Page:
Bees and Flowering Grapevines May 20, 2019 13:25
Honey bees and bumble bees are the most common.
They are busy collecting and scattering pollen everywhere.
They particularly love lavender, rosemary and wild weed flowers.I rely on them to pollinate my fruit trees.
I love the bees, but I do not need them to pollinate my grapes.
Grape flower buds have plumped up. May is flowering time for my vines.
My different varieties bloom at different times. Viognier is first and is now in bloom. Later comes Counoise and Mourvèdre with most buds now still tight.
Out of the buds appear small white flowers.
These tiny flowers are self-contained pollinators
that have both male and female parts.
If all goes well each individual berry will get pollinated and a full bunch of grapes will start growing.
Gravity or a wisp of wind is enough to pollinate a grape.
Bees are not needed to carry the pollen.
Good thing because these little flowers do not attract bees.
In a little over 3 ½ months a sweet ripe cluster will be ready for harvest like this Counoise.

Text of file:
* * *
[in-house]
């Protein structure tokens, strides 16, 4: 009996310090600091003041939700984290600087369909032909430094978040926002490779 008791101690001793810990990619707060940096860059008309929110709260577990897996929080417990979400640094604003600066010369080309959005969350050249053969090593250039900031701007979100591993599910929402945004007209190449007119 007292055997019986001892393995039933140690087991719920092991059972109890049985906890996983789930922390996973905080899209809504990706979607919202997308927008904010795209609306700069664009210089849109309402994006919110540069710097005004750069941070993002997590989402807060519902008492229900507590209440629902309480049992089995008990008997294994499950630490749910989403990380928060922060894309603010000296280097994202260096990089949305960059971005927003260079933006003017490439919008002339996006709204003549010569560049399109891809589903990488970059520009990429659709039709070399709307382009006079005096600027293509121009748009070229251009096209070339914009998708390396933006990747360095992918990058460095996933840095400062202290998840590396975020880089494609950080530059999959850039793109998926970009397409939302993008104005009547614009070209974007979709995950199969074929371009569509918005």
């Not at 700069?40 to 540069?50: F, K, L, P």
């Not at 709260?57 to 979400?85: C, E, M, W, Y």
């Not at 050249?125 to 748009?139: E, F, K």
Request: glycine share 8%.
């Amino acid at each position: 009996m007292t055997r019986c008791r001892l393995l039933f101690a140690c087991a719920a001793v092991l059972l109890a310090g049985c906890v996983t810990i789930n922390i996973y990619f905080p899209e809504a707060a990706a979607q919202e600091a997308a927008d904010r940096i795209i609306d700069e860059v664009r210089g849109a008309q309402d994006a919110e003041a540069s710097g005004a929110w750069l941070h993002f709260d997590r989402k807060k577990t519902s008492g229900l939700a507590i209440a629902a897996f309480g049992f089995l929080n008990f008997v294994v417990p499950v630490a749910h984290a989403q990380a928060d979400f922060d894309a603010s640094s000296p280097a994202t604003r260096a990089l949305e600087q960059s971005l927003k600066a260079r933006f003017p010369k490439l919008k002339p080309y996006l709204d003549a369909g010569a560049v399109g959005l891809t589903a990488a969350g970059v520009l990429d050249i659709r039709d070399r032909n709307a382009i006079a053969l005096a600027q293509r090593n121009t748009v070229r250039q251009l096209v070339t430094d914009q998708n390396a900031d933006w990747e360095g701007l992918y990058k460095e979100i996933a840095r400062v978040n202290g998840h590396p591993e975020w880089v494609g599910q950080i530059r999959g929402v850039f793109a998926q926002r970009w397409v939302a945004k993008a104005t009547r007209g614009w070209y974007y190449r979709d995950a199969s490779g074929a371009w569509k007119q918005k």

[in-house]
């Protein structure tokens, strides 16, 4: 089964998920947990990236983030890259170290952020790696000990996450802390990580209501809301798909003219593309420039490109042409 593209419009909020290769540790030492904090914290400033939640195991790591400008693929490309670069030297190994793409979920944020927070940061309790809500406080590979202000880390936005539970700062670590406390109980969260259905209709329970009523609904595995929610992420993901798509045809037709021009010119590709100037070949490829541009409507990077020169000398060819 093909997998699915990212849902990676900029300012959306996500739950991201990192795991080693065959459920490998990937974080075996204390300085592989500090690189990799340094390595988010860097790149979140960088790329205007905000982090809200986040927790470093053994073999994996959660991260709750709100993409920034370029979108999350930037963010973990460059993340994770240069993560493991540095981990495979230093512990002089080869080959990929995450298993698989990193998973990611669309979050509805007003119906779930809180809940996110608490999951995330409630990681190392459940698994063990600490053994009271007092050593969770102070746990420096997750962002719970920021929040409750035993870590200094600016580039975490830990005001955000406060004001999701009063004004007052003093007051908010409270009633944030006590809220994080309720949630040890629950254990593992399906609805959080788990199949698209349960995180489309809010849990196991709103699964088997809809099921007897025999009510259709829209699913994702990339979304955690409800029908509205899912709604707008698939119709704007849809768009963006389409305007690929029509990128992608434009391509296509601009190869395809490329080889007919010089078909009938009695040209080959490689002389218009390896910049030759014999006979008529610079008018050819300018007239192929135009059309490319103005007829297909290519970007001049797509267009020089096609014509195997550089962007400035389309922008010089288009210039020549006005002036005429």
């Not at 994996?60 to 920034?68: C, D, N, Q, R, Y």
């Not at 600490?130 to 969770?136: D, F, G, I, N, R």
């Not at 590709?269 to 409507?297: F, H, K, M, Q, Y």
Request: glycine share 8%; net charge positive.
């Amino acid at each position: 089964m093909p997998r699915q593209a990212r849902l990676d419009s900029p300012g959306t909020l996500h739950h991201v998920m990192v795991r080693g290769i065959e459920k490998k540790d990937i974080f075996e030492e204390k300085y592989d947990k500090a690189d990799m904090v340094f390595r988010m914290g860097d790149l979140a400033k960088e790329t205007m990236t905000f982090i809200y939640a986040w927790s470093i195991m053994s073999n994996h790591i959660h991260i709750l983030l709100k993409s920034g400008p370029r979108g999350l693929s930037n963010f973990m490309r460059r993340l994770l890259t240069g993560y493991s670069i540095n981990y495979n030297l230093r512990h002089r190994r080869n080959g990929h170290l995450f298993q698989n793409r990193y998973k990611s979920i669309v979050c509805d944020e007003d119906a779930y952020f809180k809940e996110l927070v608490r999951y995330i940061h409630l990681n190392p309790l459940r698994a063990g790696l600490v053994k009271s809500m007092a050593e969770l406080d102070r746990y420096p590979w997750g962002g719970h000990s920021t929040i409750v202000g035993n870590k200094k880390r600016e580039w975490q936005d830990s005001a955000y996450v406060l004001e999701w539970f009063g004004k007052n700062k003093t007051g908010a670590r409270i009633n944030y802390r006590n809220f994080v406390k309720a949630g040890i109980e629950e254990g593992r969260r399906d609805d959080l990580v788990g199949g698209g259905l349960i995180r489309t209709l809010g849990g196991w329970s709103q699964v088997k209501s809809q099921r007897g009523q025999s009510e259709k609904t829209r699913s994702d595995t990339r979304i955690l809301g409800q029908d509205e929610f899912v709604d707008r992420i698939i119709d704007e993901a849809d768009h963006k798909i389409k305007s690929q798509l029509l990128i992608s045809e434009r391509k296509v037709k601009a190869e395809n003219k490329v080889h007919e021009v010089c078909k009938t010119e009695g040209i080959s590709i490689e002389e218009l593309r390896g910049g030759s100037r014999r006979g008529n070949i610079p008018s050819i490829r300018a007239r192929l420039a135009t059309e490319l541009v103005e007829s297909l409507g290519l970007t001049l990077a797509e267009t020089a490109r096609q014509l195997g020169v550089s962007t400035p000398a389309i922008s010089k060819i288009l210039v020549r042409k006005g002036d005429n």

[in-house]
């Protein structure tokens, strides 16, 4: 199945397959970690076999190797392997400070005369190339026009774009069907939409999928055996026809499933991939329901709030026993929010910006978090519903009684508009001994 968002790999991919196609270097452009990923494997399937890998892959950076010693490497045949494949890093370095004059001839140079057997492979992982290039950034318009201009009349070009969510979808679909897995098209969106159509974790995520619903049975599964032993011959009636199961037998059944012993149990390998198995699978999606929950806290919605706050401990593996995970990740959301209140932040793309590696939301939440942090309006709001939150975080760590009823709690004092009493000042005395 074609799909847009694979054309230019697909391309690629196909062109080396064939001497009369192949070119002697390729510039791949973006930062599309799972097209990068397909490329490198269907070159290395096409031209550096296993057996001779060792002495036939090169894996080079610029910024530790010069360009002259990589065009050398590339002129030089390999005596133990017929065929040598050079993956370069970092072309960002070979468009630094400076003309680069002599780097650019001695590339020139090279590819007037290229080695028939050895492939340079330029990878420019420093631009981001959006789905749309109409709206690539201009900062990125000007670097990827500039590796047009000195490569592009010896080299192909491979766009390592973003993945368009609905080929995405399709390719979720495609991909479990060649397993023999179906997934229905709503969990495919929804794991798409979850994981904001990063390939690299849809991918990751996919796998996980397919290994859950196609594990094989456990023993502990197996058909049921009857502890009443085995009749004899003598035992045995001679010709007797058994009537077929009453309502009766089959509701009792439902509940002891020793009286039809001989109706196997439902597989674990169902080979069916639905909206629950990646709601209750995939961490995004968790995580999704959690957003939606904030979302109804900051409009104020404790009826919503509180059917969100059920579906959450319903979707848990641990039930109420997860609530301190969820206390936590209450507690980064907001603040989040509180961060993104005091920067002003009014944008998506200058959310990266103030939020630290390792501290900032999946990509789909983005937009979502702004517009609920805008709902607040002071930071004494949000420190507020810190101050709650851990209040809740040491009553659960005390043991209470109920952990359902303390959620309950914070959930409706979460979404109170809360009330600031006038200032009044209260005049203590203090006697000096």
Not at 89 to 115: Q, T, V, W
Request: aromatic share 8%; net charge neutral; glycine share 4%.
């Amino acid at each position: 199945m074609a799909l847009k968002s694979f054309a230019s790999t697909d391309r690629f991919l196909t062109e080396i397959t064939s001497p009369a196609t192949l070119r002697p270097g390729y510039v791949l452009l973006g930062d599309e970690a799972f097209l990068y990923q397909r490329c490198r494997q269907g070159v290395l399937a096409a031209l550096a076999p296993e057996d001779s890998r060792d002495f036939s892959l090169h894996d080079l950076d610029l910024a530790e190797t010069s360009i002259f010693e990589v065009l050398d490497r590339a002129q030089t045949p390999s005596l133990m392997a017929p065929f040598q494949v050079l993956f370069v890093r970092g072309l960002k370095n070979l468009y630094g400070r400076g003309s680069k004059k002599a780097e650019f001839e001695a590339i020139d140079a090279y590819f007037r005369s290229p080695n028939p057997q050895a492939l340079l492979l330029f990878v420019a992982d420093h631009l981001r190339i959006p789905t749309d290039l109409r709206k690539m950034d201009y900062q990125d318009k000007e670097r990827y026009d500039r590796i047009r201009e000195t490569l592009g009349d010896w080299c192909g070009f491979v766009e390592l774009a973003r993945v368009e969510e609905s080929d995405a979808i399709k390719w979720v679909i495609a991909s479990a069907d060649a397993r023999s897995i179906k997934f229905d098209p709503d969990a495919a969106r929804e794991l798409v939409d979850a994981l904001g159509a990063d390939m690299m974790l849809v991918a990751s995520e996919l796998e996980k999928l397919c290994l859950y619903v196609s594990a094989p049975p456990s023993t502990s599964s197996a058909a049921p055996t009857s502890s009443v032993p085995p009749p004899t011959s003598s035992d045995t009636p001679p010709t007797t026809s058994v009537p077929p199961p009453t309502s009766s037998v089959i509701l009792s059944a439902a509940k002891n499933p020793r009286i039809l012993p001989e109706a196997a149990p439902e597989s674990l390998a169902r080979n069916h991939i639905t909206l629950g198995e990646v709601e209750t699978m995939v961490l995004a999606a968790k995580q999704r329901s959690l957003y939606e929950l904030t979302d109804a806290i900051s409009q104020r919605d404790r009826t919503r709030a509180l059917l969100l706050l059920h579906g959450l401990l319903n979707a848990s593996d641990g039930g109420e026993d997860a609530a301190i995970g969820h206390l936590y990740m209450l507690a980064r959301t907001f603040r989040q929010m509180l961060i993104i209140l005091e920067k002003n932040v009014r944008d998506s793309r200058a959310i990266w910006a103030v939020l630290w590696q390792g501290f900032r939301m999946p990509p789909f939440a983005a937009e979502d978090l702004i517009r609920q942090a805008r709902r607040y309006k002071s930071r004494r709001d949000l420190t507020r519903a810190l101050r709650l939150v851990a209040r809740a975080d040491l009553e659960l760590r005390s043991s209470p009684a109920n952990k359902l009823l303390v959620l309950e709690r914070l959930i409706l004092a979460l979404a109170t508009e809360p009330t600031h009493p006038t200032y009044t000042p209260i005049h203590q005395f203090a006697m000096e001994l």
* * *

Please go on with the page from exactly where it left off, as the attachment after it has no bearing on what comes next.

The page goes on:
There is an issue this year. Late rains. An unusual series of storm fronts have been dropping down here from Alaska. These fronts have been extra wet. Rainfall has been ongoing with significant heavy downpours.
Vines that are blooming now are at risk of having pollen washed away before it can do its job. Berries that don't get pollinated are called "shot" berries as seen in the cluster below. This really affects the yield at harvest.
On the bright side. The storm fronts have also been cold.
The cool temperature has delayed some flowering.
I will just have to wait and see how these May storms have affected pollination
and grape yields this vintage.
But one thing is for sure, bees had nothing to do with it.